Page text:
Mamta's Kitchen

Mathari, Savoury Indian Biscuits


Mamta Gupta

Matharies are astaple snack of most North Indian homes. They are eaten for breakfast, as snacks with tea, taken on journeys and are ever ready for those unexpected guests we Indians tend to have a lot of. They are the Indian substitute for biscuits, though not exactly biscuits. You can make them with Western style short crust pastry. All you have to do is add a few carom seeds to the pastry, roll and cut like biscuits and bake in a pre-heated oven at 180- 200C for 30 minutes or so, until they are cooked crisp. Made this way, they are a lot more friable and don't keep as long as fried matharies.

They are usually eaten with pickles, but in my parent's house, we always had them with Sweet Mango Chutney.

The last 5 pictures show matharies being made in bulk by a professional team of cooks. This usually includes either a group of women or young apprentices who do all the preliminary work of dough making and rolling out. The deep frying is carried out to perfection by the main cook.

Edited May 2016


  • 3 cups plain white flour (maida)

  • 1/2 cup fine semolina (sooji)

  • 1/2 cup whole meal or chapatti flour (Optional). You can use all plain white flour instead.

  • 1 cup (225 ml approx.) cooking oil (1/4th of flour)

  • 2-3 level tsp. salt, to taste

  • 1 1/2 tsp. carom seeds*

  • Enough water to make a stiff dough

  • Oil for deep frying


  1. Place all dry ingredients and 1 coffee cup oil in a food processor or bowl and mix, like a pastry mix.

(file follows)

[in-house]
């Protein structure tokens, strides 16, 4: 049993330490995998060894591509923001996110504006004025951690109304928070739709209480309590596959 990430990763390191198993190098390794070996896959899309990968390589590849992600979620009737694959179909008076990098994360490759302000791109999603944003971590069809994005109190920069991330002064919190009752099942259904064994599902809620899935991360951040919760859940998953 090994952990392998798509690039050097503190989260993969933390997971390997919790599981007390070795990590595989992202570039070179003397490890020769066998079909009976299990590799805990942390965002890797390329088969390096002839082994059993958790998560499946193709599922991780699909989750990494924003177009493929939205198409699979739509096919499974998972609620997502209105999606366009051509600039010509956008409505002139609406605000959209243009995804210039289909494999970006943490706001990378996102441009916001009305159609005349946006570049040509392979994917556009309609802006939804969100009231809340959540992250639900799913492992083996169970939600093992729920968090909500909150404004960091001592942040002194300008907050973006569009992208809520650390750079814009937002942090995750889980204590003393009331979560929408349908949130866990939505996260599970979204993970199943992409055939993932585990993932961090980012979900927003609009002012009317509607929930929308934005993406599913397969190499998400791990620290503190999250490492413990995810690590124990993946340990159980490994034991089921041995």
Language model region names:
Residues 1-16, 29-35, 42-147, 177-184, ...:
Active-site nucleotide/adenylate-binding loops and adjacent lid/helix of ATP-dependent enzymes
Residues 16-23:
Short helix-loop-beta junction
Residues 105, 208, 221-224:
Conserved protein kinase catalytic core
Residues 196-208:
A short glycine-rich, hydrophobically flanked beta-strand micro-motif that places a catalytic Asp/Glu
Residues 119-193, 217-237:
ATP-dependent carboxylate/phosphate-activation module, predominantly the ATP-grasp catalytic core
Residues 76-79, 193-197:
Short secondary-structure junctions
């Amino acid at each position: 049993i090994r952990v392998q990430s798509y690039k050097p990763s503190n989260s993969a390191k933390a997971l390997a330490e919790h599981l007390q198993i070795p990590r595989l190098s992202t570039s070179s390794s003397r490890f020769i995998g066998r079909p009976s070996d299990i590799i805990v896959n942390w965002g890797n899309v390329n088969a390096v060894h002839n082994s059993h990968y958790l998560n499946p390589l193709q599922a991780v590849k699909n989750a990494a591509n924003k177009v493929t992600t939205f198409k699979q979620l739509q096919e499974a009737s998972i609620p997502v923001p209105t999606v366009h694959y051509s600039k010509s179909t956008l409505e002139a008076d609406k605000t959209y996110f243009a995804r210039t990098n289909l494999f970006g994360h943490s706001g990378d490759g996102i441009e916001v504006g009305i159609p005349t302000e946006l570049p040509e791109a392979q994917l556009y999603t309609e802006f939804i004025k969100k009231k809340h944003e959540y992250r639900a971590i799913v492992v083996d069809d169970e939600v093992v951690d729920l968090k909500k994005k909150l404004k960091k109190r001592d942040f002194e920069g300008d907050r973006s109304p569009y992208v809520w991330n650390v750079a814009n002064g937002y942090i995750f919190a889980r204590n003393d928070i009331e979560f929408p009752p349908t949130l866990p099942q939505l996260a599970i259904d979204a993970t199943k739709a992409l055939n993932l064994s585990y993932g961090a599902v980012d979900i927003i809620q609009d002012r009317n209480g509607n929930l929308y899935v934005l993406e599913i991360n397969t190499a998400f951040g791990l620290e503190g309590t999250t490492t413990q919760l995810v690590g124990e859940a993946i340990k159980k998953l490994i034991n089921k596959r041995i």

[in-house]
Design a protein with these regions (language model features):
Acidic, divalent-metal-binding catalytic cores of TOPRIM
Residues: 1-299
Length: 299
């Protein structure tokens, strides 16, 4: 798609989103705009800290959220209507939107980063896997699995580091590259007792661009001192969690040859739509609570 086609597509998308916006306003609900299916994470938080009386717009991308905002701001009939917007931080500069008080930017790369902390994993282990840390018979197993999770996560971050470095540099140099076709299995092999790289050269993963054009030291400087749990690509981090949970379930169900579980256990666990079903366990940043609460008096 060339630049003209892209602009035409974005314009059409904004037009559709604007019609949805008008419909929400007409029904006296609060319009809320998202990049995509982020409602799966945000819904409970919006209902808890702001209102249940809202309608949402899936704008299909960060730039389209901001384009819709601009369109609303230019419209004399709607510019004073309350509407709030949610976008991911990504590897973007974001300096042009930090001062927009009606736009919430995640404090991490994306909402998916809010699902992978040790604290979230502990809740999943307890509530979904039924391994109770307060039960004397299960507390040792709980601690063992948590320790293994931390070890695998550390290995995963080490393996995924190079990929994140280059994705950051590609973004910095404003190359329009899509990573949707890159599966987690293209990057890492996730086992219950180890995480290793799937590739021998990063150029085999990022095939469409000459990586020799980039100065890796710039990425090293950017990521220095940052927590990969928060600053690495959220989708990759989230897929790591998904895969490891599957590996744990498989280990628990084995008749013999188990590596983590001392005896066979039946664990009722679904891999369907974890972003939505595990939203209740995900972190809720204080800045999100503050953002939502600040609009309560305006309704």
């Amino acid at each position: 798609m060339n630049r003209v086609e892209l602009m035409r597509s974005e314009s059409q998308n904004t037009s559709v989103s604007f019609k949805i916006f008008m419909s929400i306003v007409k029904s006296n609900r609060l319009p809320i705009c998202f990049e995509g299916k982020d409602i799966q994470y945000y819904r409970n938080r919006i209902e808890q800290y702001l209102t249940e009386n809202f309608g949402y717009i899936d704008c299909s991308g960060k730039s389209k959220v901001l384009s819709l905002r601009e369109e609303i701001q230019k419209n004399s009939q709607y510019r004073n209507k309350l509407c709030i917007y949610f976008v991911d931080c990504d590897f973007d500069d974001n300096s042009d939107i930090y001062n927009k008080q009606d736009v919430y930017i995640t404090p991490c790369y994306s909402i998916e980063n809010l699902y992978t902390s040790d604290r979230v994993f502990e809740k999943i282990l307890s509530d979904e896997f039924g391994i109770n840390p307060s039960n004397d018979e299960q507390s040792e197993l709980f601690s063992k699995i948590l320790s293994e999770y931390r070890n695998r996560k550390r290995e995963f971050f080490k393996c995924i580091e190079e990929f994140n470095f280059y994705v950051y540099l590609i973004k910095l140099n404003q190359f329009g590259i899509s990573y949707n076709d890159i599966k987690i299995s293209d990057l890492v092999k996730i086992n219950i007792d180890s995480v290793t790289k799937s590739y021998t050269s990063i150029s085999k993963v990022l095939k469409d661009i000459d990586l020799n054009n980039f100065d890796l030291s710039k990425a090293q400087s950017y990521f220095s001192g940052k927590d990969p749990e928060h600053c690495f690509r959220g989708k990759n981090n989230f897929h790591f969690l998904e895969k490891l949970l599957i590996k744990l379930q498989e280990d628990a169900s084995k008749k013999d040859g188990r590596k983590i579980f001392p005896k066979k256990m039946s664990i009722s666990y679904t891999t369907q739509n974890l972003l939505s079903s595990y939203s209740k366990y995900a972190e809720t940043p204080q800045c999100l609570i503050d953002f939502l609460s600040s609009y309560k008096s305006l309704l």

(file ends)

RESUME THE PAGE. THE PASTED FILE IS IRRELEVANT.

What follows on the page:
2. Make a VERY firm dough by adding a small amount of water at a time. I add only a tablespoon at a time. You can make the dough by hand too, but it is hard work.

  3. Divide the dough into large balls and roll them into thick ropes. They don't have to be too smooth. Matharies are never prefect circles, they have irregular edges.

  4. Cut into 1 inch thick pieces.

  5. Roll each piece to a 2 inch diameter biscuit. They should not be too thin, just under 0.5 cm thick is about right. You can roll them out with a rolling pin, as in picture 5, or press them in a poori or Taco press, as in pictures 6 to 9.

  6. Stab each mathari with a fork a few times, picture 10. I do this by stabbing a pile of 5-6 matharies at a time. This stops them from ballooning up during the frying process. If they fluff up, they will get soggy when cold. If it is a warm day, keep them covered with a wet piece of muslin.

  7. Heat the oil to medium hot only. If cooked in very hot oil, matharies will become soft like Poories. The trick is to cook them very slowly on medium heat, so that they become crisp through and through. To test if the oil is ready, drop a mathari in oil. It should sizzle and rise to the top slowly, not too fast.

  8. Fry in small batches, until nicely golden brown, not too dark.

  9. Take out with a skimmer or slotted spoon and place on an absorbent paper. The professional cooks place them in a large wire sieve called Jhari, to drain all the oil off. When ready, matharies should be hard like a biscuits.

  10. Cool completely and store in airtight jars.

  11. Serve with a pickle of choice and Sweet Mango Chutney. They can be served hot, straight from the karahi or wok, with a hot cup of tea and pickles.


  • *For adding different flavours to the matharies, you can add these to the dough; 1 tablespoon of dry/Kasoori methi (fenugreek) leaves or 1 tablespoon of oil and spices from a jar of mango or other pickle.

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